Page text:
A growing number of New Jersey companies are encouraging their employees to participate in workplace wellness programs.

Jupiterimages, ThinkStock

Workplace programs that encourage workers to quit smoking, get active, lose weight and better manage stress are on the rise as employers look for ways to cut costs associated with chronic illnesses, which are often tied to lifestyle.

"Everybody is looking to bring down the cost of health care, and oftentimes preventive programs, whether it be something like Weight Watchers or smoking cessation, you can get credits on your insurance," said Michele Siekerka, president of the New Jersey Business & Industry Association. "The advantages of doing this are significant. We know oftentimes programs like this bring people together in the workplace in a different way, and there's types of wellness programs that add on to other types of benefit packages."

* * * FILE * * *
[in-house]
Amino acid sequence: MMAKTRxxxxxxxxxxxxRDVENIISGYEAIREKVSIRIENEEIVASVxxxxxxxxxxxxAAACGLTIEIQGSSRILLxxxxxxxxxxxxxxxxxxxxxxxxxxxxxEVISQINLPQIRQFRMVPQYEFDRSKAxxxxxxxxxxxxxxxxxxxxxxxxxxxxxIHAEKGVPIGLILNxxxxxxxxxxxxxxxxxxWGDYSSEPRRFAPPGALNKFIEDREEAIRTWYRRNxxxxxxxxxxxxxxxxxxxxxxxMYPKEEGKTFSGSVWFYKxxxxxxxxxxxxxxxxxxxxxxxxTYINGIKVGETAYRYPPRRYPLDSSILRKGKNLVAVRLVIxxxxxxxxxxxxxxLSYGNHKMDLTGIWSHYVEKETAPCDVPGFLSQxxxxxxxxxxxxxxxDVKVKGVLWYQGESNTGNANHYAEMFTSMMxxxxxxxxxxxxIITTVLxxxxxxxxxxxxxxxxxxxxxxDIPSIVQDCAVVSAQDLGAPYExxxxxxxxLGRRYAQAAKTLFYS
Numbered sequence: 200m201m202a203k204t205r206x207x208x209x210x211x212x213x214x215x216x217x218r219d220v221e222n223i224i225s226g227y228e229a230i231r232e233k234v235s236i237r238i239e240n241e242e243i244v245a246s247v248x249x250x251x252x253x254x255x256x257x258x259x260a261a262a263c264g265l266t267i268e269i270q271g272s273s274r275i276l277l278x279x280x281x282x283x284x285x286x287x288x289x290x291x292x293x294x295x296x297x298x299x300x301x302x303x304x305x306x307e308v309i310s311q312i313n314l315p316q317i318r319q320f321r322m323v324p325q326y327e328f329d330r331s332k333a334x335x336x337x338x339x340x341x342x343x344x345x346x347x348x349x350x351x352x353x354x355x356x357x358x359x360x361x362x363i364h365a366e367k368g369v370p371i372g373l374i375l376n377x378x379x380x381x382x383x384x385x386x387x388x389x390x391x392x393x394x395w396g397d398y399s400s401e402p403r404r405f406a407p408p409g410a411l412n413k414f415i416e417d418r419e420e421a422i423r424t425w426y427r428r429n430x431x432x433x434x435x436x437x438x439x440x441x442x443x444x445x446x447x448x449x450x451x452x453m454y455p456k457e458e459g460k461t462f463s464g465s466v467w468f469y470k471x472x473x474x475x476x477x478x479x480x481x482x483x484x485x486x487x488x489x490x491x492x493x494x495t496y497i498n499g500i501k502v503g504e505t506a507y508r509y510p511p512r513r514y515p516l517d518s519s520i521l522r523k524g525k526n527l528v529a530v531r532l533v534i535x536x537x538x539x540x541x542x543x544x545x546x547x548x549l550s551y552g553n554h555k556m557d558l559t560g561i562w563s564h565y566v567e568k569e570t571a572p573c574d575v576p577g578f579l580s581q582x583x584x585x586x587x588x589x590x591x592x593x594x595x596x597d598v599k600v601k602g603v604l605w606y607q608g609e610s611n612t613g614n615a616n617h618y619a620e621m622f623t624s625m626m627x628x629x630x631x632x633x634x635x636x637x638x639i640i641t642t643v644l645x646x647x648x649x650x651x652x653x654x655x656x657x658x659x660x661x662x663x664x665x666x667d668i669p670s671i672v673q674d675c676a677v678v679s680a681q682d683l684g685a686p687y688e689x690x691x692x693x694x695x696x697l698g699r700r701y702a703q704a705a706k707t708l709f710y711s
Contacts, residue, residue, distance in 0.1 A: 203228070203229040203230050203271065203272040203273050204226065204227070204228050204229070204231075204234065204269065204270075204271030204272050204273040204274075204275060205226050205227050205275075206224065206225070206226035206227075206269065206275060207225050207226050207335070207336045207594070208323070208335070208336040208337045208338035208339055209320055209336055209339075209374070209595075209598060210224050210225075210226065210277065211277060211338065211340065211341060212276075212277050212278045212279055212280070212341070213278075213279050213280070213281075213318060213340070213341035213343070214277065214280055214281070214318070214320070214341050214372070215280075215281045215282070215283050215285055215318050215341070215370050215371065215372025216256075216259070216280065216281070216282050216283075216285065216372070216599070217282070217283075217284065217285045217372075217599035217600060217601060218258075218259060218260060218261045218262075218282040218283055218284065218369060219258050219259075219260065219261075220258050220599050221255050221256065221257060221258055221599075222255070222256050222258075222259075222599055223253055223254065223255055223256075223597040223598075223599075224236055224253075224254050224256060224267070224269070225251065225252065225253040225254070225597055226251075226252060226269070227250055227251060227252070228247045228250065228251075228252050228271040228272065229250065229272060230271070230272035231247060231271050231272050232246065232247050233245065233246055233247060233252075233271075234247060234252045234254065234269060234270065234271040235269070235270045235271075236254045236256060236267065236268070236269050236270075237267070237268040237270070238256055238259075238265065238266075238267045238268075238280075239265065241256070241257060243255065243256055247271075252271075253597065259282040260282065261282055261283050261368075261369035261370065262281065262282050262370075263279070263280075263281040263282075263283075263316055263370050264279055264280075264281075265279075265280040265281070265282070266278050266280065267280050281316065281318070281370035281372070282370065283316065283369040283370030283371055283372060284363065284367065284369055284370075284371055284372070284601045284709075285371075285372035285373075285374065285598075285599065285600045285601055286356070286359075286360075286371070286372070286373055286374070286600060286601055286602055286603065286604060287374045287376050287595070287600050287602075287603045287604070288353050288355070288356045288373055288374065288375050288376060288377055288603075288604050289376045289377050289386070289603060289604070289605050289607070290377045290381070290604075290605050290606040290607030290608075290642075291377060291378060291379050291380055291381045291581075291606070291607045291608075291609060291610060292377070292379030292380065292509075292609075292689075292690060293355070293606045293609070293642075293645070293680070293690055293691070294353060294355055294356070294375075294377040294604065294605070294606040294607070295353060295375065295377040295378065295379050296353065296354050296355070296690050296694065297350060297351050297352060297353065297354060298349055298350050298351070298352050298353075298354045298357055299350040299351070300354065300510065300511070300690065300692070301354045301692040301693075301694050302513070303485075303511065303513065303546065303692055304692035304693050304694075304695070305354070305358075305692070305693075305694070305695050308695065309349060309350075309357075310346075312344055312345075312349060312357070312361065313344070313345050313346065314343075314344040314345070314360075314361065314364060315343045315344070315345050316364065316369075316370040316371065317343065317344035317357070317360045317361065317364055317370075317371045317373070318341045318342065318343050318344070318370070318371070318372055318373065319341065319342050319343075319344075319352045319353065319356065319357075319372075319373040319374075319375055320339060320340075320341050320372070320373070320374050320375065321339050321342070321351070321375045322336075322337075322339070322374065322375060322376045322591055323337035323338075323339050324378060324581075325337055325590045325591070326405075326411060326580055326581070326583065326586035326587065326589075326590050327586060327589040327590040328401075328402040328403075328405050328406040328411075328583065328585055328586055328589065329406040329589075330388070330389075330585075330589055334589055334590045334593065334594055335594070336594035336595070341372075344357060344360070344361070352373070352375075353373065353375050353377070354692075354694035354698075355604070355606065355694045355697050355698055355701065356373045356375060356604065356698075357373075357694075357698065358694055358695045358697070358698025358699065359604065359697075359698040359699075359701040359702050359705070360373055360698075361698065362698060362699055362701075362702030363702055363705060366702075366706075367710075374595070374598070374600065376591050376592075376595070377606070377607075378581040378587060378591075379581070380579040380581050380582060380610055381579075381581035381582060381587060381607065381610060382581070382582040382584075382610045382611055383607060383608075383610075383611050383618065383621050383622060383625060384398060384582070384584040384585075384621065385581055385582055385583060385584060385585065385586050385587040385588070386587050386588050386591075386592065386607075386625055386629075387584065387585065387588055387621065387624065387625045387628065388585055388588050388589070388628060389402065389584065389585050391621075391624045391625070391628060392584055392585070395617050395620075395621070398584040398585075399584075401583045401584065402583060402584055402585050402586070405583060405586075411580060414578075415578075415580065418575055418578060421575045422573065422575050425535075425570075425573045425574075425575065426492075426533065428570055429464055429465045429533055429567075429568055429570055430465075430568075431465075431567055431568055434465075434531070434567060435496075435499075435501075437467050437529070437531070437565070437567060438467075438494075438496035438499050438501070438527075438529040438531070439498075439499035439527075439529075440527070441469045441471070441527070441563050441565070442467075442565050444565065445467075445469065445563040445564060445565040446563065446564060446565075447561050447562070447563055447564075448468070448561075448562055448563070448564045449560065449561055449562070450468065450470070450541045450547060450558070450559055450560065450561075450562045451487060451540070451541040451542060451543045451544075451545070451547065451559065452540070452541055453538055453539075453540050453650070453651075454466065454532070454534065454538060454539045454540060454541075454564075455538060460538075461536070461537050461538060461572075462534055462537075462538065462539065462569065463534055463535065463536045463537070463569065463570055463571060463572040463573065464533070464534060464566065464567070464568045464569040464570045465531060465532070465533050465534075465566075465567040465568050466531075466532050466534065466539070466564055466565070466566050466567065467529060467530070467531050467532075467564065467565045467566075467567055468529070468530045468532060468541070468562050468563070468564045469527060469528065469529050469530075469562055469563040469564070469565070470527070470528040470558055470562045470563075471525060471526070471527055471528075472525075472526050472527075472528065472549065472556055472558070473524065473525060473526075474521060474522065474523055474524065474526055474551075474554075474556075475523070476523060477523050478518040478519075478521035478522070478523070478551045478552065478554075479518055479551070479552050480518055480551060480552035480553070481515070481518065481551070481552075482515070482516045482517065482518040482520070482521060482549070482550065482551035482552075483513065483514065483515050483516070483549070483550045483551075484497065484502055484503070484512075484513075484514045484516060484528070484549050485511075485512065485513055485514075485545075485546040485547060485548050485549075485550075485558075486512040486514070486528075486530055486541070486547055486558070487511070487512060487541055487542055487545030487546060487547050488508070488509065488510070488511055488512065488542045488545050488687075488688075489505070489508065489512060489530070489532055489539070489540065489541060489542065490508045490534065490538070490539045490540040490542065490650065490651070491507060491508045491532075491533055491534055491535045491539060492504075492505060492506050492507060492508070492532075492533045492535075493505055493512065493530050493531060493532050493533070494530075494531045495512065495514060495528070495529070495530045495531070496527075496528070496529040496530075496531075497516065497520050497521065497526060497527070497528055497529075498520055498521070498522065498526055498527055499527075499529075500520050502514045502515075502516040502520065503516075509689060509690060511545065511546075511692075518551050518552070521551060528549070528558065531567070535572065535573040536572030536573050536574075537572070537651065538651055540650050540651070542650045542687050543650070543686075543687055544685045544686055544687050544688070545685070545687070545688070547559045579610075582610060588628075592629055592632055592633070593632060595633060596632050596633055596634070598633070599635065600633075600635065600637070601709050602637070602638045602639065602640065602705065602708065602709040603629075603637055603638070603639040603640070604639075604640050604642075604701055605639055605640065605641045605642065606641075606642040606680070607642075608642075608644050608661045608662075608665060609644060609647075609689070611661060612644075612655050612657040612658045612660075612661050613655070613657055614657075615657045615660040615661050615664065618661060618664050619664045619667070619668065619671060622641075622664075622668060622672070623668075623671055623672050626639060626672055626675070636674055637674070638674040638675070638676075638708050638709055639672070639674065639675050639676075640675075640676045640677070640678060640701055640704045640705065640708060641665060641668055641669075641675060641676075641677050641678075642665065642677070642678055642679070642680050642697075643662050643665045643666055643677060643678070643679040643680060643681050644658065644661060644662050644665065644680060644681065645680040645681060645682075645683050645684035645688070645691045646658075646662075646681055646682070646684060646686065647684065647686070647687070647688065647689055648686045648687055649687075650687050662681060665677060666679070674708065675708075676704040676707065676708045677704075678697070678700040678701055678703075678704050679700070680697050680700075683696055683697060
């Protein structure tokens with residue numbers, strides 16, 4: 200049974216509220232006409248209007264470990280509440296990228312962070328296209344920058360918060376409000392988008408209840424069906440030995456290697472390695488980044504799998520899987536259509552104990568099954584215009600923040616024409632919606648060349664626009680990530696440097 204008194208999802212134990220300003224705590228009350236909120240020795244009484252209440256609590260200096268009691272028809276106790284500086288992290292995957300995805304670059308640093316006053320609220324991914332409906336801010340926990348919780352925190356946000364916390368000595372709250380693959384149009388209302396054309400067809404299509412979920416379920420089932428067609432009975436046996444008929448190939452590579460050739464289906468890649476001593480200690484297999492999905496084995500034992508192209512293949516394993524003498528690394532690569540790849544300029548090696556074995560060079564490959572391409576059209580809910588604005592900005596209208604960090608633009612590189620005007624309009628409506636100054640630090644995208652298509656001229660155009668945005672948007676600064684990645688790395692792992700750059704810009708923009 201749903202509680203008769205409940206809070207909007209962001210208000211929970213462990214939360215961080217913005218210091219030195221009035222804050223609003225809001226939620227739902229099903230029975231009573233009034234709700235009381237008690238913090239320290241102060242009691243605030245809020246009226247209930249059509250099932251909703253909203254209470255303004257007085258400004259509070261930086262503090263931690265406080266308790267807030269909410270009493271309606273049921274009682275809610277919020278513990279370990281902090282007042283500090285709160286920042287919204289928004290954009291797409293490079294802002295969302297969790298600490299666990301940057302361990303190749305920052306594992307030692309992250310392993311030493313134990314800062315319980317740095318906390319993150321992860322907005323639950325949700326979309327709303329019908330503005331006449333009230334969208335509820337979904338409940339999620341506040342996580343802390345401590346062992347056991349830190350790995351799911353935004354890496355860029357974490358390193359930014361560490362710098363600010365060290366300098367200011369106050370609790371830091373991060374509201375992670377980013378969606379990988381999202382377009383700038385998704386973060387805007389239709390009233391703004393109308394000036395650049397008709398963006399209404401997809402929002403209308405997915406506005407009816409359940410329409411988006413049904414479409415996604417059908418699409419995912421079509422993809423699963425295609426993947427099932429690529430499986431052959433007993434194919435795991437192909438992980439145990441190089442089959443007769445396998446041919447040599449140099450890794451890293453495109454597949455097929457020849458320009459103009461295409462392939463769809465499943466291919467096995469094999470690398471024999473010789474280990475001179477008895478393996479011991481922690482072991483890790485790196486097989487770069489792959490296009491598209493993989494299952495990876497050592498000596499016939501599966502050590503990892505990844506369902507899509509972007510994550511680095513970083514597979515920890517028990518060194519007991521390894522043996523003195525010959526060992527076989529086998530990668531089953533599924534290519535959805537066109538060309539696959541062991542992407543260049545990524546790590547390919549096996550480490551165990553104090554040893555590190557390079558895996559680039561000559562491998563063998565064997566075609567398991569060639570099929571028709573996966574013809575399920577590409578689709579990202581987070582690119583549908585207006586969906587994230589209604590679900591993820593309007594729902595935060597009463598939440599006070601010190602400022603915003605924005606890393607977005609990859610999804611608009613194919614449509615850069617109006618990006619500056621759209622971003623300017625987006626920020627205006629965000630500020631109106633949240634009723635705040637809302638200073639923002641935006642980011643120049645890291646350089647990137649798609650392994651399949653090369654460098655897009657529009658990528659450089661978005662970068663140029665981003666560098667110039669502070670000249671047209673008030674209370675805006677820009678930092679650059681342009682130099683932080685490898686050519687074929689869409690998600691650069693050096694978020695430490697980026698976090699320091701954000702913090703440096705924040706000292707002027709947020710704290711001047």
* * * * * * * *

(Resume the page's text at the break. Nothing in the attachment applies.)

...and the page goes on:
On April 16, the Equal Employment Opportunity Commission said employers can use financial incentives up to 30 percent of the cost of premiums for single coverage, provided certain other safeguards are met.

While most companies that offer these programs encourage employees to participate, the programs are almost always voluntary in nature.

"They're meant to create good employee relationships, and not to put mandates on employees," Siekerka said.

So what kinds of programs are offered?

Siekerka said companies have many different types of exercise programs to encourage their employees to get healthier, including yoga and aerobics. Companies also might encourage workers to join a gym by giving them a credit on their health care deductible.

Many wellness programs are also stress reducers, which is another benefit of participating.


The Associated Press contributed to this story.